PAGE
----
Life application: It is often questioned why Paul did not appeal to his Roman citizenship to avoid being punished in this illegal manner. The words of the verse seem to explain the matter. They were brought before the magistrates and were accused as “Jews” (verse 19:20). Luke records the words of accusation and then he notes the onrush of the multitude against Paul and Silas.
The indication is that there was not even time to appeal to the magistrates before the subsequent events took place. They were attacked, had their clothes torn off them, and were beaten. In such an instance, there is little chance of any appeals of Paul and Silas either being heard or listened to. This is especially so with the illegal involvement of the magistrates.
This same type of thing will occur later in Acts while Paul is in Jerusalem. The difference will be that two groups of people will be present, the Jews who would not see reason (like the Romans now in Philippi), and the impartial Romans who were charged with controlling the crowds. As there is only one type of crowd without any impartial restraining force here, Paul and Silas fell to the unjust actions of the crowd.
This is a problem with having law. Unless there is an impartial and reasonable system to regulate it, things will inevitably get out of hand. If those who are charged with upholding the law fail to do so, mob rule will result. If those who are charged with upholding the law participate in violating the law, the rights of those under the law will be ignored.
Both have occurred in the recent past. In 2020, riots throughout the United States were allowed to continue without restraint, bringing destruction, loss, and death to its citizens. In early 2021, the government planted instigators within rallying citizens to foment an uprising. Those citizens, since then, have had no reasonable say in the events that have subsequently transpired.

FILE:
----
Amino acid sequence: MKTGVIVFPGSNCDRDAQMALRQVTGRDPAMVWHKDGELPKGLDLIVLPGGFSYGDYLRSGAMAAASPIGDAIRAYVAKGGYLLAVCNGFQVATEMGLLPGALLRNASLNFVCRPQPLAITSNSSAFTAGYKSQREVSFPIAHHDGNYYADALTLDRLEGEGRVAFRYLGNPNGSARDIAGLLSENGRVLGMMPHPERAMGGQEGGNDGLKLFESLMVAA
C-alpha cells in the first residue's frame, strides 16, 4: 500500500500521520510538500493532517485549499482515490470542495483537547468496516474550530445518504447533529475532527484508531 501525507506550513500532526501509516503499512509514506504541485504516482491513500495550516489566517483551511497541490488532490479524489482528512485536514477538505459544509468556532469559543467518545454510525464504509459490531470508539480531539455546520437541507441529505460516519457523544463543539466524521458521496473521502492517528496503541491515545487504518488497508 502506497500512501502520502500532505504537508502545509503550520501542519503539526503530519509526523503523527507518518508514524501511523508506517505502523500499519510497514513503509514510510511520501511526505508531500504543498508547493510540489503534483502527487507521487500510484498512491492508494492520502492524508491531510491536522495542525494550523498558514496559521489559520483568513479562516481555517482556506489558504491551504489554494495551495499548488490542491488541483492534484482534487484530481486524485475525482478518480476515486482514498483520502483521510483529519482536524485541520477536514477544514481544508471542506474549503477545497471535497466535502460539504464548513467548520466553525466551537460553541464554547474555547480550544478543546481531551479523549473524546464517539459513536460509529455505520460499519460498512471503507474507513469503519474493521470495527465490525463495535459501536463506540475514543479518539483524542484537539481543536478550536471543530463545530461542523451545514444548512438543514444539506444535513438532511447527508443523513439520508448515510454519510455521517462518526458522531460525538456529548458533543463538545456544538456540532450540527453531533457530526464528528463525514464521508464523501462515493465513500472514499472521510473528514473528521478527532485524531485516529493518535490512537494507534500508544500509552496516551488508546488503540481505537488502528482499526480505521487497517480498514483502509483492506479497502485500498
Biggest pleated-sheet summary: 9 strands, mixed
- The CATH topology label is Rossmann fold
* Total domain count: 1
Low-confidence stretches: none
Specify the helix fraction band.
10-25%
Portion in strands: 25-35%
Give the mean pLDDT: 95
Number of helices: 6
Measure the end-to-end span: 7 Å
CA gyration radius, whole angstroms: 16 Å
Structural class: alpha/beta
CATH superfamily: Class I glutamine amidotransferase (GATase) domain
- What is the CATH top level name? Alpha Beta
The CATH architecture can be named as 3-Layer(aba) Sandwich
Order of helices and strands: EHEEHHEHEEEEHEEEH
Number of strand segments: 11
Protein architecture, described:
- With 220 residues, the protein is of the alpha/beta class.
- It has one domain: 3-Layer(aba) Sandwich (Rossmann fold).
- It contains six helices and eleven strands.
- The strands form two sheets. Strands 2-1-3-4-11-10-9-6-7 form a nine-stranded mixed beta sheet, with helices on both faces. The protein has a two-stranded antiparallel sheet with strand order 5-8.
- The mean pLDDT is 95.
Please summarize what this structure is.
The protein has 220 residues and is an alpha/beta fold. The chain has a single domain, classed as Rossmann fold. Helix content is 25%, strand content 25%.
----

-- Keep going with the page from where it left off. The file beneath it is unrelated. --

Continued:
The point of these examples is that when something curious occurs, like when Paul and Silas are illegally beaten, look to the surrounding text to get a sense of why this is so. Paul and Silas were identified within a Roman colony as “Jews.” In Acts 18:2, it will be noted that all the Jews were commanded to depart from Rome. Here in the Roman colony described, the same prevailing disdain for Jews would arise.
In this case, an entire multitude has arisen as one, the magistrates were there inciting the crowd by tearing off their clothes, and the lictors are being ordered to beat these men by those magistrates. If you wonder why Paul and Silas were beaten, or if you wonder how hundreds of US citizens who did nothing wrong are still sitting in government prisons awaiting trials on charges that came about by events instigated by the government, you will see that nothing changes in the human heart when law is involved.
Man is being taught a lesson in the pages of Scripture. The law, because it is administered by fallible humans, and because it is set forth to regulate fallible humans, is like an enemy to man. What humanity needs is the grace of God in Jesus Christ. Human systems, no matter how well-intentioned, will never produce a perfect society. Thus, we as Christians await our eternal home where righteousness will rule forever and ever. May that day be soon.
Lord God, the world is fallen and broken. Without Your intervention in our affairs, only chaos and death will be the eventual result. This is proven again and again in both Scripture and history. May the day be soon when Your glorious kingdom will rule forever and ever. Yes, may that day be soon. Amen.